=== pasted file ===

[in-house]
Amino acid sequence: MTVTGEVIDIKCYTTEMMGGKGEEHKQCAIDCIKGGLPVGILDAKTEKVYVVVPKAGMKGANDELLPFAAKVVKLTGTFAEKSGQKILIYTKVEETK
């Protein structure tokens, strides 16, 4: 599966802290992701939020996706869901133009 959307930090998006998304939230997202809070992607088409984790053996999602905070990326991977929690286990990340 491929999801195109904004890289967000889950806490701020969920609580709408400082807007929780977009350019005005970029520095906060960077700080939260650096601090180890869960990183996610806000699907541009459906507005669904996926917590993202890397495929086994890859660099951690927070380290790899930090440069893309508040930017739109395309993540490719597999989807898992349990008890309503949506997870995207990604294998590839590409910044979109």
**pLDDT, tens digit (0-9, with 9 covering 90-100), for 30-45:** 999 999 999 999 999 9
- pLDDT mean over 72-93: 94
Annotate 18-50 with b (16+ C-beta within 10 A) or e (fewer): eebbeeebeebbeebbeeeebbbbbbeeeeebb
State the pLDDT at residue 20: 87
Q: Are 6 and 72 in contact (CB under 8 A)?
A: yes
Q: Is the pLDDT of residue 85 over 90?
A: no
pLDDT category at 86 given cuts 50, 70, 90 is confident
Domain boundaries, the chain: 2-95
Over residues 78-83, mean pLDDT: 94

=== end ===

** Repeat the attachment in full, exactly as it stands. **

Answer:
[in-house]
Amino acid sequence: MTVTGEVIDIKCYTTEMMGGKGEEHKQCAIDCIKGGLPVGILDAKTEKVYVVVPKAGMKGANDELLPFAAKVVKLTGTFAEKSGQKILIYTKVEETK
């Protein structure tokens, strides 16, 4: 599966802290992701939020996706869901133009 959307930090998006998304939230997202809070992607088409984790053996999602905070990326991977929690286990990340 491929999801195109904004890289967000889950806490701020969920609580709408400082807007929780977009350019005005970029520095906060960077700080939260650096601090180890869960990183996610806000699907541009459906507005669904996926917590993202890397495929086994890859660099951690927070380290790899930090440069893309508040930017739109395309993540490719597999989807898992349990008890309503949506997870995207990604294998590839590409910044979109």
**pLDDT, tens digit (0-9, with 9 covering 90-100), for 30-45:** 999 999 999 999 999 9
- pLDDT mean over 72-93: 94
Annotate 18-50 with b (16+ C-beta within 10 A) or e (fewer): eebbeeebeebbeebbeeeebbbbbbeeeeebb
State the pLDDT at residue 20: 87
Q: Are 6 and 72 in contact (CB under 8 A)?
A: yes
Q: Is the pLDDT of residue 85 over 90?
A: no
pLDDT category at 86 given cuts 50, 70, 90 is confident
Domain boundaries, the chain: 2-95
Over residues 78-83, mean pLDDT: 94